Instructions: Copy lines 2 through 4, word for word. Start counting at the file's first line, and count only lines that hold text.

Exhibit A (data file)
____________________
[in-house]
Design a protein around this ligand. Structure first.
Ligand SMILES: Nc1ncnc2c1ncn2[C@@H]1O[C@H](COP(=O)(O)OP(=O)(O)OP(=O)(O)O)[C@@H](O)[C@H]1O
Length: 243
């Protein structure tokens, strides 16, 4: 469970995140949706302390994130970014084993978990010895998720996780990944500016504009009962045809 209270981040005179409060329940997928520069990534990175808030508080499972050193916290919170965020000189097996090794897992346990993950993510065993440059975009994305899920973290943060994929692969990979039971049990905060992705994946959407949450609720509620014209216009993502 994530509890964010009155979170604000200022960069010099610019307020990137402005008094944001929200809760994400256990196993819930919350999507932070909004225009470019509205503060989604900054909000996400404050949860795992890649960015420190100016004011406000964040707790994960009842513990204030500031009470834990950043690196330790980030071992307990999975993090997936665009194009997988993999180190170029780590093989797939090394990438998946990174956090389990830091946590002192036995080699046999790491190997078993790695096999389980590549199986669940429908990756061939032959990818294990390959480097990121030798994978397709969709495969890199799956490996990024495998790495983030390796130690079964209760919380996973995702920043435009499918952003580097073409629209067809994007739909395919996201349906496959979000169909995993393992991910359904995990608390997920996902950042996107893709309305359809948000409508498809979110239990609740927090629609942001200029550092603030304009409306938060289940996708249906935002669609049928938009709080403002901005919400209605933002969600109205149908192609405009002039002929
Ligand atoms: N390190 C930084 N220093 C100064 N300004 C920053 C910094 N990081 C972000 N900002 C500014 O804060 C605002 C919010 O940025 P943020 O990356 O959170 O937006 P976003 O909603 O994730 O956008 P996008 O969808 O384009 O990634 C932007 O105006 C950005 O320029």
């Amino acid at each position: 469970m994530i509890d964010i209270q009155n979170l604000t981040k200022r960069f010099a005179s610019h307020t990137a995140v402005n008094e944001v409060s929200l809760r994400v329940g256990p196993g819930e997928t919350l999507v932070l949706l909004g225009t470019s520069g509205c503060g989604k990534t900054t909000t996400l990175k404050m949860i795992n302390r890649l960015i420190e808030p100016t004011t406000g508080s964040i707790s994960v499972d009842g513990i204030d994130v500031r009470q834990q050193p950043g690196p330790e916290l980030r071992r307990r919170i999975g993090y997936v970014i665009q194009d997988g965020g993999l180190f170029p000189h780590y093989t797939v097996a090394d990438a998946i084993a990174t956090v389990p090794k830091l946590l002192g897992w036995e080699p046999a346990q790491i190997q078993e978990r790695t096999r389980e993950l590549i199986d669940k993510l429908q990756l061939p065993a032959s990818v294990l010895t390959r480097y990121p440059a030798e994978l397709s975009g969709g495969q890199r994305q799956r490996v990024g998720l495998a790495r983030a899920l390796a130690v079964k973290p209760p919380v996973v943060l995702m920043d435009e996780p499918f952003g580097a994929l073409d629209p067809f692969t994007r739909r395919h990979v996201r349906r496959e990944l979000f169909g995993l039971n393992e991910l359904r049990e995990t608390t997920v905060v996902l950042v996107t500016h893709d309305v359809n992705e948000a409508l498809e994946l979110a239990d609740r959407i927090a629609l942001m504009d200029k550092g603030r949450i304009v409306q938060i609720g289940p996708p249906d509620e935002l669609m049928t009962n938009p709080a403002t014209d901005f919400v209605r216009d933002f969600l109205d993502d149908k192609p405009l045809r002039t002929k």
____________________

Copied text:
Design a protein around this ligand. Structure first.
Ligand SMILES: Nc1ncnc2c1ncn2[C@@H]1O[C@H](COP(=O)(O)OP(=O)(O)OP(=O)(O)O)[C@@H](O)[C@H]1O
Length: 243